On January 8, 2007, President Lukashenko honored several BOC members with "For Spiritual Revival" awards in recognition of their efforts to develop "moral traditions which contribute to the spiritual values…between various nationalities and religions." In a meeting with BOC bishops on December 21, 2006, President Lukashenko praised the cooperation between the Government and the BOC and stressed their common goals of civil accord and national unity. The President also noted the Government's assistance to the BOC: in 2006 the Government funded $3 million (6.4 billion rubles) in BOC projects.
Restrictions on Religious Freedom
The Government restricted religious freedom both actively and indirectly. The Government enforced laws that limit freedom of worship, speech, and assembly. The Government was sometimes responsible for and regularly failed to condemn acts of religious insensitivity or intolerance. The Government frequently referred to groups it did not consider to be traditional as "nontraditional," and government officials and state media widely used the term "sect" when referring to such groups, although it is not an official designation. Foreign missionaries, clergy, and charity workers faced increased government obstacles, including deportation and visa refusal or revocation. With or without official registration, some religious groups encountered difficulty renting or purchasing property to establish places of worship, building churches, or reacquiring state-controlled religious property.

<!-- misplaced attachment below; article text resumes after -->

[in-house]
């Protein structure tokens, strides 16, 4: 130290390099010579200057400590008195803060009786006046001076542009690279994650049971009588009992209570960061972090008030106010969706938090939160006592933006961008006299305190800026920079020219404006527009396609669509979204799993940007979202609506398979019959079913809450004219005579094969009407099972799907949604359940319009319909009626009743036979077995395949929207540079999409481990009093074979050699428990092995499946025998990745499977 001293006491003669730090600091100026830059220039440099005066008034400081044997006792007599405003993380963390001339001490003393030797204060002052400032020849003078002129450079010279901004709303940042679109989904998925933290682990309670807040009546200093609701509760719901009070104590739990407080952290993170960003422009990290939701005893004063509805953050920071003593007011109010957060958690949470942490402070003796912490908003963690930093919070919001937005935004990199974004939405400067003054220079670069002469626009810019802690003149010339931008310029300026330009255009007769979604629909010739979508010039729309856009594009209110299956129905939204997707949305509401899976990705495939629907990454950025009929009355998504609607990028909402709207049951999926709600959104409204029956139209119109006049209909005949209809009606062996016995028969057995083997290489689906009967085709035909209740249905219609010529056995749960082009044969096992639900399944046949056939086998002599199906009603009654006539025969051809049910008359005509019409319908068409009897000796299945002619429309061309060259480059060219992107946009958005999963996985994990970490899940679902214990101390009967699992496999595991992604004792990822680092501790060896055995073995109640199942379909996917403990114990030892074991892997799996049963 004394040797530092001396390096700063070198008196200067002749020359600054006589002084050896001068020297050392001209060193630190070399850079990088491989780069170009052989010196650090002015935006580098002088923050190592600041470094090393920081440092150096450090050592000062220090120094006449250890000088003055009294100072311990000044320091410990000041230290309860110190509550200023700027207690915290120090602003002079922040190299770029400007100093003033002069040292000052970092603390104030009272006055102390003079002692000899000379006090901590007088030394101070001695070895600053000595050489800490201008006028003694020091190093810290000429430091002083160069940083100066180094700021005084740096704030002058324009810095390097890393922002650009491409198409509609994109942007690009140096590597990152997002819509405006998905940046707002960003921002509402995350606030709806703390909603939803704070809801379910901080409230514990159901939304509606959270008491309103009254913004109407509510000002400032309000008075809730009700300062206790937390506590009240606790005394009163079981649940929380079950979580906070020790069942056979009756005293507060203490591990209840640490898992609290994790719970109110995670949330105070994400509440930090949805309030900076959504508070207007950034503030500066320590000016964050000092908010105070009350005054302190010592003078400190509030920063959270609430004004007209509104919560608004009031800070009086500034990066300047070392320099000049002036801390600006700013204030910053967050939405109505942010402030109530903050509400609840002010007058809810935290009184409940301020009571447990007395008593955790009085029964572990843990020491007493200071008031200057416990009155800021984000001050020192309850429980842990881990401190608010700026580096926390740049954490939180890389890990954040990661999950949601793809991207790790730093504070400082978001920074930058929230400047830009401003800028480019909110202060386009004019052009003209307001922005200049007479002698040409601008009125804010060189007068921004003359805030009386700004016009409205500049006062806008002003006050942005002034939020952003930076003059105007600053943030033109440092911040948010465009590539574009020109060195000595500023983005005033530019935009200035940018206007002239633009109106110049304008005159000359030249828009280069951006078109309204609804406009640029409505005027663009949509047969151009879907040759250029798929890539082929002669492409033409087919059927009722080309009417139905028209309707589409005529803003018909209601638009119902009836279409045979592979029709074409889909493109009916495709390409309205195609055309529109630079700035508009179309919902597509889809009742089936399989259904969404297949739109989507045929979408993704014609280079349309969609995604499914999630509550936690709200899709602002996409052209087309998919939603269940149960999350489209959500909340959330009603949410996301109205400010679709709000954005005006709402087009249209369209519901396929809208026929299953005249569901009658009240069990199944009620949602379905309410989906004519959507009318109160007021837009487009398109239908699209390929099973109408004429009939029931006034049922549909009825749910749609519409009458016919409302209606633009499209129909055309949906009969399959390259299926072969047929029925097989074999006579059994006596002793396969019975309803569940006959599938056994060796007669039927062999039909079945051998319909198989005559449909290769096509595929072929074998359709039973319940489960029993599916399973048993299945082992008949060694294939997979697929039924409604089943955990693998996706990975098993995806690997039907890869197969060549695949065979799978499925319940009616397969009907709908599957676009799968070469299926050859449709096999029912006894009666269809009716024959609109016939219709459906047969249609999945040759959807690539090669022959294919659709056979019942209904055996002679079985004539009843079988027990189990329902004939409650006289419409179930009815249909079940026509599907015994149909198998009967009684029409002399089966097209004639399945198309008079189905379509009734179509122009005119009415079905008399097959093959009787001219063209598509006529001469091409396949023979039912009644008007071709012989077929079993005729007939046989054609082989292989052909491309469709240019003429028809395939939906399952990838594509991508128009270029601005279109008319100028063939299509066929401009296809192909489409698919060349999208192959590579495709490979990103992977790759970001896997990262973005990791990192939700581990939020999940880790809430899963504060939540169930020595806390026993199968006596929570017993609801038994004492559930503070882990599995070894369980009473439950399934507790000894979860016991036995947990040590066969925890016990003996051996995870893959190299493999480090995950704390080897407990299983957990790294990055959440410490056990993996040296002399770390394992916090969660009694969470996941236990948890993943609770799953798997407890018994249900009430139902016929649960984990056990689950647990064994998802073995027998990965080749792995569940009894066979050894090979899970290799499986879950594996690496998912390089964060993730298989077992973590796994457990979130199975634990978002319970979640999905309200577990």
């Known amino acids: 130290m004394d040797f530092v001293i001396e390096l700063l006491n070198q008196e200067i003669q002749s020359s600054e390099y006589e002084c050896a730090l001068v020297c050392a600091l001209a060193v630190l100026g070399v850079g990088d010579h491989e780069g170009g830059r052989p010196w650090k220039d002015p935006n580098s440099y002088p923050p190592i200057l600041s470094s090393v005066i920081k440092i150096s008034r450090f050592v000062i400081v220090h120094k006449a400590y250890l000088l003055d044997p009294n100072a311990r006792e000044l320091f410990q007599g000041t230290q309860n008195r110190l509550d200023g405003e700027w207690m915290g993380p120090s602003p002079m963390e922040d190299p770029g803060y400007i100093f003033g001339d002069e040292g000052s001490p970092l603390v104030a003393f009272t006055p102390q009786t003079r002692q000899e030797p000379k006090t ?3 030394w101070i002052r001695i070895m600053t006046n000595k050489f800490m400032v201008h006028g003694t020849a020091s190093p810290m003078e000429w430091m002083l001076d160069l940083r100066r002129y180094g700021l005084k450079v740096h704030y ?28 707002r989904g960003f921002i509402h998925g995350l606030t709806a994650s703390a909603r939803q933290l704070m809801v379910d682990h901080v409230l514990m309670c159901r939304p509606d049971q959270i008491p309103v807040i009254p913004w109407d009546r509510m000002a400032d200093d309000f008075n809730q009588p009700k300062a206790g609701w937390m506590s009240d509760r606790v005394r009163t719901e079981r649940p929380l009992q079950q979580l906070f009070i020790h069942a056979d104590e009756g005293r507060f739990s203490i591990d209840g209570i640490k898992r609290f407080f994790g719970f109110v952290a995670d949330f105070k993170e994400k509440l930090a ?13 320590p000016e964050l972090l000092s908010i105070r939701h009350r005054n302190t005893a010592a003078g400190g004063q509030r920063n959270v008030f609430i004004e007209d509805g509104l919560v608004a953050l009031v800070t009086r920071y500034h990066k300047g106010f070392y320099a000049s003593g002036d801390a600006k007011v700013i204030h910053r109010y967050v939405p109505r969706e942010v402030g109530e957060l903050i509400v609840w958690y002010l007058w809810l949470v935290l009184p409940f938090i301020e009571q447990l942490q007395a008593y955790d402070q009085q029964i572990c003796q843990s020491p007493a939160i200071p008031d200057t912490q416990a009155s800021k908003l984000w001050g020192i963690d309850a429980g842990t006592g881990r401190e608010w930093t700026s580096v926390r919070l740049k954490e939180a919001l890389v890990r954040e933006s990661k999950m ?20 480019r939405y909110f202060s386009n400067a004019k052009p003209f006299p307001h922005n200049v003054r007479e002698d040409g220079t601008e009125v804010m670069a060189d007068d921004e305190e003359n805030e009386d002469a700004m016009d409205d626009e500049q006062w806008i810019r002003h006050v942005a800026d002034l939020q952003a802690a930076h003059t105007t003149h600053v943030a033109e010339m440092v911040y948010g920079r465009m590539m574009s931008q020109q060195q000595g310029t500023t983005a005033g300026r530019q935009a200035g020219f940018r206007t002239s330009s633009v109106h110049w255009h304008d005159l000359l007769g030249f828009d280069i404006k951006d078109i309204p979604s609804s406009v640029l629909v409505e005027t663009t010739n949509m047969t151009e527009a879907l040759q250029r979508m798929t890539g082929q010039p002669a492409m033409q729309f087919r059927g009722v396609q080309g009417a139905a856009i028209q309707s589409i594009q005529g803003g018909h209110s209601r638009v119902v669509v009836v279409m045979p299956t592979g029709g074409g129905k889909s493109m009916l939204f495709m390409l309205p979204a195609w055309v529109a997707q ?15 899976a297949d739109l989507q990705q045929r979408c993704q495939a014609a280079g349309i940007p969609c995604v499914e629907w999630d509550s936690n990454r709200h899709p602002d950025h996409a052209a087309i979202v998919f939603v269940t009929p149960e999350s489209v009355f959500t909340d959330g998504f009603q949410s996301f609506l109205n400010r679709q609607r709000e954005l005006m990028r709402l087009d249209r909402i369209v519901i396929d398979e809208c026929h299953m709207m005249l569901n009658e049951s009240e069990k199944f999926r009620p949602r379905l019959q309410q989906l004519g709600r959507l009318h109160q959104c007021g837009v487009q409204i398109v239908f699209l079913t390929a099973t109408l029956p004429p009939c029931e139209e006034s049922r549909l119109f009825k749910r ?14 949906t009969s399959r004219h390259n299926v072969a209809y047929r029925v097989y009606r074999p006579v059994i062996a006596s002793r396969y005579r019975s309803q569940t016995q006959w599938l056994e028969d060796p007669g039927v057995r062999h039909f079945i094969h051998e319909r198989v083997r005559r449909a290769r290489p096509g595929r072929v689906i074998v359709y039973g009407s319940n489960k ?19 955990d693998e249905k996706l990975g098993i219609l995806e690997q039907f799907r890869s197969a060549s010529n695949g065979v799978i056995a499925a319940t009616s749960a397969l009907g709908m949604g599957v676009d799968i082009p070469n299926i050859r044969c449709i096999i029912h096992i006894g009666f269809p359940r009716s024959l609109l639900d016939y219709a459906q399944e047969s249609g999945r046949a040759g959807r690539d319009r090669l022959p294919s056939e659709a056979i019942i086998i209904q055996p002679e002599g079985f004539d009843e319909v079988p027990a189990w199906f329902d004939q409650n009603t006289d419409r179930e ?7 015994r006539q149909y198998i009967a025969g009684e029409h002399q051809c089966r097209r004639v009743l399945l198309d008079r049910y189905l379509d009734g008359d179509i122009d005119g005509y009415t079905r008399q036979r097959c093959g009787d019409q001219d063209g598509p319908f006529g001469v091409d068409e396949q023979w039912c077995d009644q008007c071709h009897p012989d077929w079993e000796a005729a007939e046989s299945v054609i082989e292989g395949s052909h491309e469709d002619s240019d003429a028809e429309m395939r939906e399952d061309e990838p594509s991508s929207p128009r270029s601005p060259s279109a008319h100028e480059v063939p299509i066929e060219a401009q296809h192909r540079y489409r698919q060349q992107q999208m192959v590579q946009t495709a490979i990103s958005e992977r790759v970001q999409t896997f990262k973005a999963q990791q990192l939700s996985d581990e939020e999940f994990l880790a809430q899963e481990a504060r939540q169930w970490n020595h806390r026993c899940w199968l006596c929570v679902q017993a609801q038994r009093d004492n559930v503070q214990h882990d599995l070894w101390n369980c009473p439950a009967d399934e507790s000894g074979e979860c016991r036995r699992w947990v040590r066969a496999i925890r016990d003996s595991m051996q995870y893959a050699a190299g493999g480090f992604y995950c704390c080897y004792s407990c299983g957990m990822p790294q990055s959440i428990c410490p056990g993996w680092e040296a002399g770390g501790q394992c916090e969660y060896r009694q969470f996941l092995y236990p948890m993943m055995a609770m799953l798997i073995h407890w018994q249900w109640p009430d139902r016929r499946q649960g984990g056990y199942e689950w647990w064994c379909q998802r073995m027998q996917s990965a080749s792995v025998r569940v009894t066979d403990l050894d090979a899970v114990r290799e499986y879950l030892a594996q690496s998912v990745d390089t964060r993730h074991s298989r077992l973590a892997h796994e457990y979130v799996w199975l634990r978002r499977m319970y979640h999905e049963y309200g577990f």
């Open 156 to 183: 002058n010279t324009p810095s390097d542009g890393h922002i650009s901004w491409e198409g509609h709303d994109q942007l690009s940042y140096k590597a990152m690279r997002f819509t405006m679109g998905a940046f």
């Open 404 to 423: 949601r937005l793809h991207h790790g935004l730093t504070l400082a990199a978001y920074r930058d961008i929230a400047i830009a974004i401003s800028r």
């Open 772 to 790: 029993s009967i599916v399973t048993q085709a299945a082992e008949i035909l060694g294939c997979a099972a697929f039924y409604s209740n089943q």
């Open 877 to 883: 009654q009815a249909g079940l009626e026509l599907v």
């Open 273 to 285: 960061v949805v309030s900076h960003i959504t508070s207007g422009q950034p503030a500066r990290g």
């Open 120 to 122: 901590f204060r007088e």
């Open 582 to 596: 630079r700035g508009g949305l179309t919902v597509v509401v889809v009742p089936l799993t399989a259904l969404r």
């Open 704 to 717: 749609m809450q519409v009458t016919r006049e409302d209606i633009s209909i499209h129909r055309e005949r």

Forum 18 reported that the BOC and government officials pressured the parishioners of the unregistered Russian Orthodox Church Abroad (ROCA), which split from the BOC in 1927, to withdraw their names from the ROCA's registration application. If even 1 of the 20 signatories of the application were to withdraw his or her name, ROCA would be forced to start the process again. ROCA stated that from August to October 2006, two Moscow Patriarchate priests threatened to withhold sacraments from the parishioners if they continued supporting the "illegal and uncanonical sect." ROCA claimed that the two priests received the parishioners' names from local authorities.
On September 14, 2006, Pastor Sergei Heil, chair of the unregistered Independent Evangelical-Lutheran Church in the Republic of Belarus, reported that the Government refused to register it as a republic-wide association. The Church has tried since October 2004 to register as an association and held four founding sessions in Bobruysk to comply with the registration requirements. OPRRNA maintained that there were "technical errors" in its application.